June 10, 2010
Posted by Antifascist
Prosecutor Paul Spratt told Stoke-on-Trent Crown Court yesterday that at about 1.30pm, items were being thrown at police including glass bottles, cans and a smoke cannister.
"About 100 people had broken free from the group being cordoned to come round the rear of the police lines," said Mr Spratt. "A police dog handler became aware of a group of men at the rear of the police unit. He then saw the defendant run to the front and shout abuse at the officers. He (Doel) kicked out to the back of a slightly built female officer and punched her to her helmet, causing her to fall to the ground. She was later assaulted by another individual and was kicked and stamped on."
The court heard the police dog took hold of the defendant. He kicked out and struck the dog and others tried to drag him back into the crowd. But the dog maintained its grip and Doel was arrested. In his police interview, he admitted being present at the demonstration but denied violent disorder and assaulting a police officer. He pleaded guilty to affray at an earlier hearing. The pleas were accepted by the Crown Prosecution Service.
Peter McCartney, for the defence, said Doel was not a member of the EDL and visited the Potteries on the invitation of a friend. He said the 43-year-old, who has numerous convictions for violence and disorder but none for 15 years, regrets getting into trouble.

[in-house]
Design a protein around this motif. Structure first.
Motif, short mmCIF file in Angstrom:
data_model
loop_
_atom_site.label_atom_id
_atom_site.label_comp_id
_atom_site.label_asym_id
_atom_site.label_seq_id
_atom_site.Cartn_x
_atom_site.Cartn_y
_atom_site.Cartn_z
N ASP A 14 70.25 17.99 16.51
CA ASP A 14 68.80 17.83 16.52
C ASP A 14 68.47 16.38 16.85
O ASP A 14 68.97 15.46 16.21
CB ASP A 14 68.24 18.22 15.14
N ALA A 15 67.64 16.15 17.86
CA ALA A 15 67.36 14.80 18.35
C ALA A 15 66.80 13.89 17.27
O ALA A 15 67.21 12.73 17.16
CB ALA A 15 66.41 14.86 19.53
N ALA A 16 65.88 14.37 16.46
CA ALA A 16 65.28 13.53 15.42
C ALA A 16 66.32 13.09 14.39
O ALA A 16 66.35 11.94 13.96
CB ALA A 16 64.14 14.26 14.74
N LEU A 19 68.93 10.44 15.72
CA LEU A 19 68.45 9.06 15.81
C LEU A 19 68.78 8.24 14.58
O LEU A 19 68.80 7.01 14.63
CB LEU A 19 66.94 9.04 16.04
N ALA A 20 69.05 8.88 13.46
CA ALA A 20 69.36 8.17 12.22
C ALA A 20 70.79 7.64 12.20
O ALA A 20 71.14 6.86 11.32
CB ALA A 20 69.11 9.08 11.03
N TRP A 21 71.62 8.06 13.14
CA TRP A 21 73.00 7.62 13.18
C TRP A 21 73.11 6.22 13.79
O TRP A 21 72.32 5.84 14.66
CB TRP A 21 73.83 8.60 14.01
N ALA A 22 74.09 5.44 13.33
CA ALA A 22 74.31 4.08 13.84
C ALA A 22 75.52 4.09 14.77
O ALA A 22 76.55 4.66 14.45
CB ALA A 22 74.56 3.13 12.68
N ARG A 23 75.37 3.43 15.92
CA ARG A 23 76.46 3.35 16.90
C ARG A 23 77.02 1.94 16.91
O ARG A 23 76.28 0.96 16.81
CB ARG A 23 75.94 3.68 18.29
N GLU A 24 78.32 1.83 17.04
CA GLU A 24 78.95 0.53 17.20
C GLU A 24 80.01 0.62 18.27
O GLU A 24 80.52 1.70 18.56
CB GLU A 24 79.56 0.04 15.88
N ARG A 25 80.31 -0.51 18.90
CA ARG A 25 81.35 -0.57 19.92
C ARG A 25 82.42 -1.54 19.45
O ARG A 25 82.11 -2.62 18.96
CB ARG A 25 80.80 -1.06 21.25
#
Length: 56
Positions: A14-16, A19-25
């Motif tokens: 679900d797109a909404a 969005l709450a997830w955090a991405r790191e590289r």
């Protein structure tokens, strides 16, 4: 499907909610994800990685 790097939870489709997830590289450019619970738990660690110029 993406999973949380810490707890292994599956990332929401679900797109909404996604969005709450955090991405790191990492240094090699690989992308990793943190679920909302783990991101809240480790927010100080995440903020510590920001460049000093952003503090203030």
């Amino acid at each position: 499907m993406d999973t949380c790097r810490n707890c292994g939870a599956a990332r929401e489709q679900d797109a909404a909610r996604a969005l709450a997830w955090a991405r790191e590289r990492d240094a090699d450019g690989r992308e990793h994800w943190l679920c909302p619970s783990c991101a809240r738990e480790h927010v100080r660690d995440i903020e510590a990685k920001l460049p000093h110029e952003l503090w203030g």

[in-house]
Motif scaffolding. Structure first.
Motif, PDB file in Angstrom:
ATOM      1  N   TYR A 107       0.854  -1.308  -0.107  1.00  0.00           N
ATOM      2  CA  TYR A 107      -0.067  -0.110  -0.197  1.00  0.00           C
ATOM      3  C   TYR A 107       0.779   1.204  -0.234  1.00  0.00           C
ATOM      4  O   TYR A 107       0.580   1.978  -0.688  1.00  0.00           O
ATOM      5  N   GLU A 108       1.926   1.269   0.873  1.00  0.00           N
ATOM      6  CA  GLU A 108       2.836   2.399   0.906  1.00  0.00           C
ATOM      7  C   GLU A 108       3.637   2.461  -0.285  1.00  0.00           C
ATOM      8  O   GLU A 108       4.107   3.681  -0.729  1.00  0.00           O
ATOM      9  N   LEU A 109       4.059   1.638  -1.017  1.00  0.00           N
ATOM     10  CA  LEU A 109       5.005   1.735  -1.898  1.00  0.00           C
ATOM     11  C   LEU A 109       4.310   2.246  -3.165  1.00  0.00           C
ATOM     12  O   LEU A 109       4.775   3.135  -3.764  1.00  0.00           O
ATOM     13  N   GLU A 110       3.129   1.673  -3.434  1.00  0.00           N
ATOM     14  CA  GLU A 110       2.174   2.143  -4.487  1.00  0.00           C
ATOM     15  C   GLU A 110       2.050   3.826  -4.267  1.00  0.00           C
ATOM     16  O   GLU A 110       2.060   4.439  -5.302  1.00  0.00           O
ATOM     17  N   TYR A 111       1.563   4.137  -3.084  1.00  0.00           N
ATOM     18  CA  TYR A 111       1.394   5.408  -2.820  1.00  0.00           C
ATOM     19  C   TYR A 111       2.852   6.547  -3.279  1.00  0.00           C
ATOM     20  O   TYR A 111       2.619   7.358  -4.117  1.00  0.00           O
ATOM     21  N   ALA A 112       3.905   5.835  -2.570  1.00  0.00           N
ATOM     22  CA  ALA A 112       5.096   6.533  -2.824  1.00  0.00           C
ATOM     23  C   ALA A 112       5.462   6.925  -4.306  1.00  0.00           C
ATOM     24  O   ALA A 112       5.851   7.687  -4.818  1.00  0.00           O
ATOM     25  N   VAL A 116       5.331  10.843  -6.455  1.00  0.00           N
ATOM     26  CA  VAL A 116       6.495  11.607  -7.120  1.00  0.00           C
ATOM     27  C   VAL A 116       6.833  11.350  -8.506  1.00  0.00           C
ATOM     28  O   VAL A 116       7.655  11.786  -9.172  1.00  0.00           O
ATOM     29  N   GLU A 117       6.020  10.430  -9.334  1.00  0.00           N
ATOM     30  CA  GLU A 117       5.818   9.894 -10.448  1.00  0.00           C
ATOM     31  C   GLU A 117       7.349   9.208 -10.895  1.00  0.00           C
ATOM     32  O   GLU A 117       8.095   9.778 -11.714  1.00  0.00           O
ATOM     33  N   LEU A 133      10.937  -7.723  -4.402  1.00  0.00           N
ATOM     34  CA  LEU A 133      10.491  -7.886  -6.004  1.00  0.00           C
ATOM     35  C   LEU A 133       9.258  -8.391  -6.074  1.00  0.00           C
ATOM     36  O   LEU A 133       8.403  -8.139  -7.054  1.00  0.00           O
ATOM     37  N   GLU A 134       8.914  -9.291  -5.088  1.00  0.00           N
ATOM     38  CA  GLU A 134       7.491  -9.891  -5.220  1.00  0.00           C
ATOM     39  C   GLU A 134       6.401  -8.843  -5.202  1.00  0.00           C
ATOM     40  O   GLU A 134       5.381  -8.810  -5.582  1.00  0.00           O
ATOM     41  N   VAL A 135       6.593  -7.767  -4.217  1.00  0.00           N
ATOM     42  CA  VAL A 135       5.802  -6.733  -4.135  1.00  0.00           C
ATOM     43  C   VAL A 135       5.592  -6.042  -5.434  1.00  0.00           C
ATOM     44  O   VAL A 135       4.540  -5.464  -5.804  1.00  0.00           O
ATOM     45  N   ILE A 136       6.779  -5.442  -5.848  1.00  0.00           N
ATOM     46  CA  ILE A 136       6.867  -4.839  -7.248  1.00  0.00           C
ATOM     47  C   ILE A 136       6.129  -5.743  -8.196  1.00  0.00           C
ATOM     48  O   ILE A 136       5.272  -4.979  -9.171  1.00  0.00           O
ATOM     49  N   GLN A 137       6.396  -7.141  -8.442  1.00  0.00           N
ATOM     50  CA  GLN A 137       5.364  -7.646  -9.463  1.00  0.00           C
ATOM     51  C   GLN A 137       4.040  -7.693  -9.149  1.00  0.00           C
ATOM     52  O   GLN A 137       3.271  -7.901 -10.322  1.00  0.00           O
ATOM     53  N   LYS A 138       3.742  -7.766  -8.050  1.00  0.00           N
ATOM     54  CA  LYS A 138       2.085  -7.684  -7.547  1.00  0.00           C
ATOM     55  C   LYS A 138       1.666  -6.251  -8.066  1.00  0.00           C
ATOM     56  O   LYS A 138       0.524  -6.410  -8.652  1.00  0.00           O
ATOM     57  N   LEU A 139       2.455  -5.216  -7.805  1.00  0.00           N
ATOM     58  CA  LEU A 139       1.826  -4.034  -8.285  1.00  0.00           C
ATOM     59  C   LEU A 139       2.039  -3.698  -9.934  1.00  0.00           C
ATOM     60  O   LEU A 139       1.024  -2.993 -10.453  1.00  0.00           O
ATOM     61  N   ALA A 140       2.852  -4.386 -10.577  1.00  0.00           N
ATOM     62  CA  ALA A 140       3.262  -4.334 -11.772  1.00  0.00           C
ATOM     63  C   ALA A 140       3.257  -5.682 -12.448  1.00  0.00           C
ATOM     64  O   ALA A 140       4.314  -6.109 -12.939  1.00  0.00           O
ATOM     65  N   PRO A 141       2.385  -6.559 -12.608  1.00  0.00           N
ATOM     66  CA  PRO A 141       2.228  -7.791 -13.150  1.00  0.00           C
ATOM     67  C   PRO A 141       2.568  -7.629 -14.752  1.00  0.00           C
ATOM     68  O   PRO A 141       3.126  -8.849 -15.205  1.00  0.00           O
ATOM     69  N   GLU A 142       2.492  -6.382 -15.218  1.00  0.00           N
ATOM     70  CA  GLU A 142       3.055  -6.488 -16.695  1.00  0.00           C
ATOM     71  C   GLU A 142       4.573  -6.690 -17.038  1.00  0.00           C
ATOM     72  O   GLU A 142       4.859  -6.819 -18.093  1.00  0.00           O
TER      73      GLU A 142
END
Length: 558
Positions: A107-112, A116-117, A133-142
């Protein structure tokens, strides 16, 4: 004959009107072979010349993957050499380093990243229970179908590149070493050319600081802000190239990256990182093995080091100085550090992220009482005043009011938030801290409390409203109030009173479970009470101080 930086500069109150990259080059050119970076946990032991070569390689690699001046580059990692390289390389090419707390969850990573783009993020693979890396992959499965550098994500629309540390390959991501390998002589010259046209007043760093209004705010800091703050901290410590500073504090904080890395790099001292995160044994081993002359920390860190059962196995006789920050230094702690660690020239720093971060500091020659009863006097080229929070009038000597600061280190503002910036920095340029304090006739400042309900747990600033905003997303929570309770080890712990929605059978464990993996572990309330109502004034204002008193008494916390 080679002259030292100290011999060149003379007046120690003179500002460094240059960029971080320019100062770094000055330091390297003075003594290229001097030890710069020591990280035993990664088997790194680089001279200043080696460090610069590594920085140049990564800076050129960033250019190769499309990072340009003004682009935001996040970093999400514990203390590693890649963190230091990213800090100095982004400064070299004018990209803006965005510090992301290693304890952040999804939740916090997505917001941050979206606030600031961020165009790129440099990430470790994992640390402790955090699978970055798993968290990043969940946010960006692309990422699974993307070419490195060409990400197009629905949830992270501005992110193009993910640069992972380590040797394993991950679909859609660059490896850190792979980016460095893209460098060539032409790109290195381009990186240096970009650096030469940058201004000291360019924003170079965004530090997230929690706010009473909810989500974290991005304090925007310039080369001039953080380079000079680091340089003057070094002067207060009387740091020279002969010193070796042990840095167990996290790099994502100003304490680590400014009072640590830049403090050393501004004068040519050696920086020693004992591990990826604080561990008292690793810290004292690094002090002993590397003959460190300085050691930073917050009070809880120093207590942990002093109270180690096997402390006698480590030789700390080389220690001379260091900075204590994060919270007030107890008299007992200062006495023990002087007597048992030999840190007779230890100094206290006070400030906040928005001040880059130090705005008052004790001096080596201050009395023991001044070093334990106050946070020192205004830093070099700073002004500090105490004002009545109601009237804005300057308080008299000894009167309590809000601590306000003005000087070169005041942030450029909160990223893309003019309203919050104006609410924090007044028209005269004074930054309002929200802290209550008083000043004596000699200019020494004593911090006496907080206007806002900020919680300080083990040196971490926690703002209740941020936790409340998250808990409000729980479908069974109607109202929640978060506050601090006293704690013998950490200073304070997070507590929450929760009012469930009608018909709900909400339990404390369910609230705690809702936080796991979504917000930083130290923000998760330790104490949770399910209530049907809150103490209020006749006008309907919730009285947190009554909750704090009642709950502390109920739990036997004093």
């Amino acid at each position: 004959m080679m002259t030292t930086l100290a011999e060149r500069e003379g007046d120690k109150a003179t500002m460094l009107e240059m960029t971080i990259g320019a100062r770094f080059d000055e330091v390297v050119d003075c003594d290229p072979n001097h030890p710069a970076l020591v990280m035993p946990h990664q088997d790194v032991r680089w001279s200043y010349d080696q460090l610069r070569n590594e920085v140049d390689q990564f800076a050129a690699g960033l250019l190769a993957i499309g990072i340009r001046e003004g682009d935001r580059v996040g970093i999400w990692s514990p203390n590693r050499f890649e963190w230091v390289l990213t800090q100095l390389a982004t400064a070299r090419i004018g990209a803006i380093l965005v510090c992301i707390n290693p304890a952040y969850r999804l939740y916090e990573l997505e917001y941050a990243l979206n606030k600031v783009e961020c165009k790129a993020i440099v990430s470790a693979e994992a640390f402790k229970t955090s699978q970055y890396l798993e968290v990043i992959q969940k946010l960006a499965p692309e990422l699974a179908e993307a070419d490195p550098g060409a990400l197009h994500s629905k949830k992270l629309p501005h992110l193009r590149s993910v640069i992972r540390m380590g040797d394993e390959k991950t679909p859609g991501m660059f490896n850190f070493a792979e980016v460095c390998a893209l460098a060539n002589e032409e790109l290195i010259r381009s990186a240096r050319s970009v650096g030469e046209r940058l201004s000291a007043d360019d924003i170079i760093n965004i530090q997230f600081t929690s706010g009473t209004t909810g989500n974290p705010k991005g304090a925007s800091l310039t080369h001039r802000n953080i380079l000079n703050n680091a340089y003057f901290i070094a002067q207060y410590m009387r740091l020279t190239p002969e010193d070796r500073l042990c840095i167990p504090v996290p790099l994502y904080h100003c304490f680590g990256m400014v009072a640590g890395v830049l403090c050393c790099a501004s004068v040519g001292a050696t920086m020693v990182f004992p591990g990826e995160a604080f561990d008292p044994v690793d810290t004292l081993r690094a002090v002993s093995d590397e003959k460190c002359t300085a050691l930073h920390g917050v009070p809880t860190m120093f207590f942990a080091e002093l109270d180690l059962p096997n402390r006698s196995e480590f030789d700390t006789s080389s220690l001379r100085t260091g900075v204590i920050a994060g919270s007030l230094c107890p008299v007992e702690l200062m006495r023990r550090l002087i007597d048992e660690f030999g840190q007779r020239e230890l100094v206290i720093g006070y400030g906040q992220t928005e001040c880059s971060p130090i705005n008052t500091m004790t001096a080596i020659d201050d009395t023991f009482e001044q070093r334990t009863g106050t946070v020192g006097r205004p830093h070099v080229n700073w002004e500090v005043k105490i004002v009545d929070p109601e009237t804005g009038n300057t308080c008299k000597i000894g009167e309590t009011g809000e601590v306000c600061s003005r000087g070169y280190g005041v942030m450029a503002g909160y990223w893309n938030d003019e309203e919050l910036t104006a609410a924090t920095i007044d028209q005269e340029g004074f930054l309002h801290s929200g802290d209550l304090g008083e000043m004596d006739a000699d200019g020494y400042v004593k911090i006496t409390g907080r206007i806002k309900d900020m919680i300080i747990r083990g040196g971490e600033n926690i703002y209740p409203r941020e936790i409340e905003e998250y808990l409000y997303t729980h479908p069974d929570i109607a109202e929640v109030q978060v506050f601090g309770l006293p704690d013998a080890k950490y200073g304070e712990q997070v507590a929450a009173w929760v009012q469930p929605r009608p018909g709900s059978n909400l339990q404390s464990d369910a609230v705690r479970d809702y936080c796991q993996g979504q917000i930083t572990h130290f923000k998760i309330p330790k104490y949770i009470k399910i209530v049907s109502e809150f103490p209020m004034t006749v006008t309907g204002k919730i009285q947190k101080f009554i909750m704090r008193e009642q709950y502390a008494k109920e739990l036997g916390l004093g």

"It was the first demonstration he has attended," said Mr McCartney. "He came along. He did not intend to involve himself in violence, but the situation carried him along and he did get involved."
Judge Granville Styler said an immediate custodial sentence had to be passed.
"This was a very serious matter," the judge told Doel, a father-of-one from Primrose Hill, Batley, West Yorkshire. "You travelled to Stoke-on-Trent and, I take the view, you travelled in order to take part in a demonstration. You consumed five pints of lager. You knew the police were having difficulties restraining an increasingly violent crowd. You were at the forefront of a breakaway group. You attacked a policewoman from behind and knocked her to the ground. It was an extremely dangerous situation. And it encouraged others to attack this officer while on the ground, and she was stamped on. It is clear to me you have not put your violent past behind you."
Judge Styler said he would like the Chief Constable to commend the dog handler for his bravery.